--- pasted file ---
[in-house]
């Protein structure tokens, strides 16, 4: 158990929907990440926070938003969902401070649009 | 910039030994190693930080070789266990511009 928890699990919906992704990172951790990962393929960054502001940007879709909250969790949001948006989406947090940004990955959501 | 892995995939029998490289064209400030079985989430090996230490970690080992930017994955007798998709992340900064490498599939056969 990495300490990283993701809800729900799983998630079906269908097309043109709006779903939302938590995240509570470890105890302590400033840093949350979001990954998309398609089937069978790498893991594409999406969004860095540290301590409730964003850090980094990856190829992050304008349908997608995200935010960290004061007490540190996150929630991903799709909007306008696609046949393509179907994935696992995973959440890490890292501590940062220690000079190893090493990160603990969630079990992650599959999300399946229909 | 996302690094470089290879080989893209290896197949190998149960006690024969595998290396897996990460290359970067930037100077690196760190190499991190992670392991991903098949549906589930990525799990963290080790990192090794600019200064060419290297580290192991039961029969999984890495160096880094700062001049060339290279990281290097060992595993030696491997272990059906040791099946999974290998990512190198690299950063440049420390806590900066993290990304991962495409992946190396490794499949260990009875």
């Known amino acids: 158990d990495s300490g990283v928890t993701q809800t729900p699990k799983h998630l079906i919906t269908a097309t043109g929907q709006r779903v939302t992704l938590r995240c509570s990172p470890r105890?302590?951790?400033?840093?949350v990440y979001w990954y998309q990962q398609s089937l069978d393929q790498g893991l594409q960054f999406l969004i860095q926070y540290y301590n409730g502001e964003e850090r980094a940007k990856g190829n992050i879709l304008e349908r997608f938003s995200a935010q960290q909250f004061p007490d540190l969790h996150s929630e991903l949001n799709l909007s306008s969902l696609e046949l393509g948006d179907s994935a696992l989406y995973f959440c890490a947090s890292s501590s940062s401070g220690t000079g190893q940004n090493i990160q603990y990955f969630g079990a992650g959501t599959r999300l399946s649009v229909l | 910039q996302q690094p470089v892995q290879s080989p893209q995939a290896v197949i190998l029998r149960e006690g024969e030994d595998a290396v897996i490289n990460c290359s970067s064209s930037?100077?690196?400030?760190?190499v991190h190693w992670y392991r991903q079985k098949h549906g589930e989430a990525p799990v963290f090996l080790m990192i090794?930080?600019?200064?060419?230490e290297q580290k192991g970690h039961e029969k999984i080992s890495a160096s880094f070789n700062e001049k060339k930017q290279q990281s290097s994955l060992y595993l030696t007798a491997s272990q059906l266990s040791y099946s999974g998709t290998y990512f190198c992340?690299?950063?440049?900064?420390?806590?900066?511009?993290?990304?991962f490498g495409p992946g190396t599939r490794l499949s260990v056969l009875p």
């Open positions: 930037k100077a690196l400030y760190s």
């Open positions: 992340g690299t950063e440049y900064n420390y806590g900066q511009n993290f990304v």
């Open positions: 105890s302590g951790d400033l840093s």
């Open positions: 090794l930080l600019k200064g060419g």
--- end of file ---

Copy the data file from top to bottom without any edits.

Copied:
[in-house]
């Protein structure tokens, strides 16, 4: 158990929907990440926070938003969902401070649009 | 910039030994190693930080070789266990511009 928890699990919906992704990172951790990962393929960054502001940007879709909250969790949001948006989406947090940004990955959501 | 892995995939029998490289064209400030079985989430090996230490970690080992930017994955007798998709992340900064490498599939056969 990495300490990283993701809800729900799983998630079906269908097309043109709006779903939302938590995240509570470890105890302590400033840093949350979001990954998309398609089937069978790498893991594409999406969004860095540290301590409730964003850090980094990856190829992050304008349908997608995200935010960290004061007490540190996150929630991903799709909007306008696609046949393509179907994935696992995973959440890490890292501590940062220690000079190893090493990160603990969630079990992650599959999300399946229909 | 996302690094470089290879080989893209290896197949190998149960006690024969595998290396897996990460290359970067930037100077690196760190190499991190992670392991991903098949549906589930990525799990963290080790990192090794600019200064060419290297580290192991039961029969999984890495160096880094700062001049060339290279990281290097060992595993030696491997272990059906040791099946999974290998990512190198690299950063440049420390806590900066993290990304991962495409992946190396490794499949260990009875």
């Known amino acids: 158990d990495s300490g990283v928890t993701q809800t729900p699990k799983h998630l079906i919906t269908a097309t043109g929907q709006r779903v939302t992704l938590r995240c509570s990172p470890r105890?302590?951790?400033?840093?949350v990440y979001w990954y998309q990962q398609s089937l069978d393929q790498g893991l594409q960054f999406l969004i860095q926070y540290y301590n409730g502001e964003e850090r980094a940007k990856g190829n992050i879709l304008e349908r997608f938003s995200a935010q960290q909250f004061p007490d540190l969790h996150s929630e991903l949001n799709l909007s306008s969902l696609e046949l393509g948006d179907s994935a696992l989406y995973f959440c890490a947090s890292s501590s940062s401070g220690t000079g190893q940004n090493i990160q603990y990955f969630g079990a992650g959501t599959r999300l399946s649009v229909l | 910039q996302q690094p470089v892995q290879s080989p893209q995939a290896v197949i190998l029998r149960e006690g024969e030994d595998a290396v897996i490289n990460c290359s970067s064209s930037?100077?690196?400030?760190?190499v991190h190693w992670y392991r991903q079985k098949h549906g589930e989430a990525p799990v963290f090996l080790m990192i090794?930080?600019?200064?060419?230490e290297q580290k192991g970690h039961e029969k999984i080992s890495a160096s880094f070789n700062e001049k060339k930017q290279q990281s290097s994955l060992y595993l030696t007798a491997s272990q059906l266990s040791y099946s999974g998709t290998y990512f190198c992340?690299?950063?440049?900064?420390?806590?900066?511009?993290?990304?991962f490498g495409p992946g190396t599939r490794l499949s260990v056969l009875p």
């Open positions: 930037k100077a690196l400030y760190s």
């Open positions: 992340g690299t950063e440049y900064n420390y806590g900066q511009n993290f990304v």
């Open positions: 105890s302590g951790d400033l840093s």
């Open positions: 090794l930080l600019k200064g060419g």